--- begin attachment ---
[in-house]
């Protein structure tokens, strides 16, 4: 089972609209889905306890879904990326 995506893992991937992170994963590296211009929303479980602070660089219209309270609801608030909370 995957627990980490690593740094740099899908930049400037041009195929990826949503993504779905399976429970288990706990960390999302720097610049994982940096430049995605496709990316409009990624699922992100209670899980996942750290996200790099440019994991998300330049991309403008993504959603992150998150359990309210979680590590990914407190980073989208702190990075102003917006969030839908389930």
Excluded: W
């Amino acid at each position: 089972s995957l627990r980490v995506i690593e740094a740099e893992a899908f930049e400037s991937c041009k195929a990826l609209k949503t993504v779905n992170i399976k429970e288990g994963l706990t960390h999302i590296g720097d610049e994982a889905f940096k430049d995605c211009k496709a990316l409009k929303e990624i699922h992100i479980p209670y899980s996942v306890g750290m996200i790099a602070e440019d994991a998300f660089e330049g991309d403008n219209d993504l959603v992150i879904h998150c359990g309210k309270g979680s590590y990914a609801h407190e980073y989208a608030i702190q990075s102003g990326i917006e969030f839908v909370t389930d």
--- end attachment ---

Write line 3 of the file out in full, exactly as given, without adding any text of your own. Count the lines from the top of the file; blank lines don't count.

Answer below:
Excluded: W